With the mechanisms operating (somewhat) smoothly, it’s time to mount the table top. The process is fairly straightforward: place the carcass on the top, align the two, trace the racks onto the top, then mortise them.


Now comes the hard part…

According to Helmuth von Moltke, a Prussian military strategist, “No battle plan survives contact with the enemy.” When your plan meets the real world, the real world wins. Nothing goes as planned. Errors pile up. Mistaken suppositions come back to bite you. The most brilliant plan loses touch with reality (Lexician).

The mechanisms, now installed in the carcass, are stiff. They don’t move freely which is a necessity. Otherwise, the table will bind and won’t open. I began the investigation by checking each rack/guide individually outside of the table to make sure it moves freely. Ideally, they should slide by gravity alone when held vertically although sometimes, they require a push. My first “discovery” during this process was that the drive barrel was making contact with the lower guide. It left a “rub ring” around the barrel very near the gear (as shown in the above photo), and a shiny spot on the lower guide brass. After a quick consultation with Jon the machinist, I addressed these areas with a file to relieve material, and while it did prevent further contact, it did not rectify the problem.

Bright spot from contact with drive barrel

Bright spot from contact with drive barrel

Another thing to consider…

Even slight differences between the aprons and legs can be enough to cause the mechanics to “hang”. If the legs protrude even less than 1/32 inch out from the side apron the lower rack gets caught. I gently used a chisel with a swiping motion to bring the two surfaces flush. Depending on the severity, however, it still leaves marks.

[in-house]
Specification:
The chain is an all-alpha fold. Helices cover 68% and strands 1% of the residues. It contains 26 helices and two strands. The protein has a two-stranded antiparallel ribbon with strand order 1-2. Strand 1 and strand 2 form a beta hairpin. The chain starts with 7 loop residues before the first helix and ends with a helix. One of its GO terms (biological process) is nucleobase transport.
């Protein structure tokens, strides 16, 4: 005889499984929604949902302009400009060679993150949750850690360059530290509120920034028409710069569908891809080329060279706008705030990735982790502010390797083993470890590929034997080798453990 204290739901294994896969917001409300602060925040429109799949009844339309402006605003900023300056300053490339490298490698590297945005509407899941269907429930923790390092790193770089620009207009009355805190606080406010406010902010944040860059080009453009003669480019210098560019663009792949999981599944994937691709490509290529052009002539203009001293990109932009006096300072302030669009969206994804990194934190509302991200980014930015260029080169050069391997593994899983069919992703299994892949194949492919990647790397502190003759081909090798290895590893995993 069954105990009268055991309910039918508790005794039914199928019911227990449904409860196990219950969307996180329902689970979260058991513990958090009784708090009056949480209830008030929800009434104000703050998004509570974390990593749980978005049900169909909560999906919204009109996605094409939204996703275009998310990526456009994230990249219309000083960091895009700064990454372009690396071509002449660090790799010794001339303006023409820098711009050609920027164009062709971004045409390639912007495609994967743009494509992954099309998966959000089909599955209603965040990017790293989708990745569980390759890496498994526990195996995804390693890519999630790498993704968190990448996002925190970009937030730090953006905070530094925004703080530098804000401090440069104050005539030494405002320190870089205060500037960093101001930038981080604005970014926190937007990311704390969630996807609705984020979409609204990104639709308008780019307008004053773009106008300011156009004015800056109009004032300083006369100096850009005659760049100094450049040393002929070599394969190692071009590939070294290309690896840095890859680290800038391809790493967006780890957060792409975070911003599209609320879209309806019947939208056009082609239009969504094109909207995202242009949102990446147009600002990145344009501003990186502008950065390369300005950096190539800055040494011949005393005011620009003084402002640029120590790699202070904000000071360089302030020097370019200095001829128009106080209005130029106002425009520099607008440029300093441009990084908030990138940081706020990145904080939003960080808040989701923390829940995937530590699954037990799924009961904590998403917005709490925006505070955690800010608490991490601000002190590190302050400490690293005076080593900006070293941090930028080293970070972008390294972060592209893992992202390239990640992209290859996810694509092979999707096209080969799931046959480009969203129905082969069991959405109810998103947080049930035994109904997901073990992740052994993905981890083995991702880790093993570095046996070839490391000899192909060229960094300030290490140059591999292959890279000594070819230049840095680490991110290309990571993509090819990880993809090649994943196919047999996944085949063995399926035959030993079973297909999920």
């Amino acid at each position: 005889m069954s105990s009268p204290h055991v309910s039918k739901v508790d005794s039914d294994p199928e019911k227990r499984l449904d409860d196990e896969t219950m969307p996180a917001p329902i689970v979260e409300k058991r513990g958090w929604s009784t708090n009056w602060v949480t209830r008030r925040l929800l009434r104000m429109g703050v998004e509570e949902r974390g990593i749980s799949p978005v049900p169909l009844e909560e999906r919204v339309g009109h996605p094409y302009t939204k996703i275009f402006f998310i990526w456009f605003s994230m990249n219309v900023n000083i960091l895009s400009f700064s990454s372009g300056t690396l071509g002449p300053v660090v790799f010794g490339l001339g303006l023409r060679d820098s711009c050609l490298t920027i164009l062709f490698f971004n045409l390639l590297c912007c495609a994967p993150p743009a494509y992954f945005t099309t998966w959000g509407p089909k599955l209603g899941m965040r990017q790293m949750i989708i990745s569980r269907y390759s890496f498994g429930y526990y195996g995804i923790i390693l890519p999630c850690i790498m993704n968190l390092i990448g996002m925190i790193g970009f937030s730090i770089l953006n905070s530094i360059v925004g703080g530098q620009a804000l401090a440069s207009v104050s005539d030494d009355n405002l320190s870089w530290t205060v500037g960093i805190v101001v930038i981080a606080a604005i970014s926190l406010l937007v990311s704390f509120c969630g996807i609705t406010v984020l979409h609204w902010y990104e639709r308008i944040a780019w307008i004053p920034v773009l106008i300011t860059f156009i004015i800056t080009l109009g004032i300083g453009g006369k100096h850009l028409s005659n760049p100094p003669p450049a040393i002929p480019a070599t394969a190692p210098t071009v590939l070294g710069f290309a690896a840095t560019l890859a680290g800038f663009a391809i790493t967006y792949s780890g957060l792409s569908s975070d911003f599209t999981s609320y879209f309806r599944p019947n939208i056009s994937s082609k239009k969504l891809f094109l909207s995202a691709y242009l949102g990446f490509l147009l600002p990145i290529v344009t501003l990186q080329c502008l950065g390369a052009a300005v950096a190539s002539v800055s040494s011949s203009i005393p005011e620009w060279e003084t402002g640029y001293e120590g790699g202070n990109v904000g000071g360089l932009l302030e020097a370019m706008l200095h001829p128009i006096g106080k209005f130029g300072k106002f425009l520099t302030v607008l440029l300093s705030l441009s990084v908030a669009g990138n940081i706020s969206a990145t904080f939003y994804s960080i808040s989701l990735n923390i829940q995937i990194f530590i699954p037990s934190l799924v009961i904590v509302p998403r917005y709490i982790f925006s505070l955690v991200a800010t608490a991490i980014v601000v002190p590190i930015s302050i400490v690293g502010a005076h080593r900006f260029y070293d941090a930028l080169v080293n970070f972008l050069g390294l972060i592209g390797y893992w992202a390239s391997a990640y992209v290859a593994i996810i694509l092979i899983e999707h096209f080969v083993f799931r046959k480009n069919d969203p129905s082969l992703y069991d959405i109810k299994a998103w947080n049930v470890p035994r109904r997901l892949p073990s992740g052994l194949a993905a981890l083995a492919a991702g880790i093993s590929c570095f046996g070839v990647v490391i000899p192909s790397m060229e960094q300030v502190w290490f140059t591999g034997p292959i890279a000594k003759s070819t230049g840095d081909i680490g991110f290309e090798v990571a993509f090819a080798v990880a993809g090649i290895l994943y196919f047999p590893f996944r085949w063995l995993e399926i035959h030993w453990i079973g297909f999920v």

My current thinking is that the rack is too closely fitted to the drive gear. That is, the rack and drive gear are so tightly positioned that it’s causing excessive friction in the mechanism. I’ll test this out by relocating the rack and guide slightly lower than it currently is, and report back.

While contemplating this issue a thought occurred. It would seem that the position of the lower racks/guides with relation to one another is not critical. In other words, they don’t really need to be aligned at identical heights in the aprons. So long as the main box is mounted squarely to them the height shouldn’t be a problem. We’ll soon see how this turns out.

Update (29 May): I adjusted the spacing between the drive gear and racks, in addition to relieving some “pinch points” in the guides, to get things moving. However, I think the change in temperature had the greatest effect on things. 

A mounting conundrum

Before we can proceed to shape the carcass, the mechanisms must be completely installed and operating properly. With the mechanisms in place, the challenge becomes mounting the main box and tabletop to them. The tabletop is relatively straightforward: center it on the carcass, then mark the top racks. The main box, however, isn’t so simple. Not only does it have to be located left/right, front/back within its opening, but it also needs to be situated in height above the carcass floor. If it’s too high, the bolt on the latch won’t catch; too low, and the bolt will drag on the main box as it opens. To complicate matters, it is impossible to directly mark any of these components. They’re buried deep in the carcass interior!

Being the case, I’ve devised the following plan…

  1. With the tabletop removed, center the main box between the lower racks in the carcass. This dictates the thickness of the shims that will be needed.
  2. Remove the top racks such that the main box can be lifted out versus slid through the front.
  3. Coat the latch bolt with graphite.
  4. Retract the latch bolt by turning the key, and place the main box into the carcass. Align it appropriately, then release the latch bolt. This should imprint a line on the underside of the main box where the latch makes contact.
  5. Align the back of the hole in the metal latch plate with this line.

While I’m certain some level of adjustment will be necessary, this methodology provides a plan to move forward. Such is the nature of product development or, to put it another way, if we knew what we were doing, it wouldn’t be called research!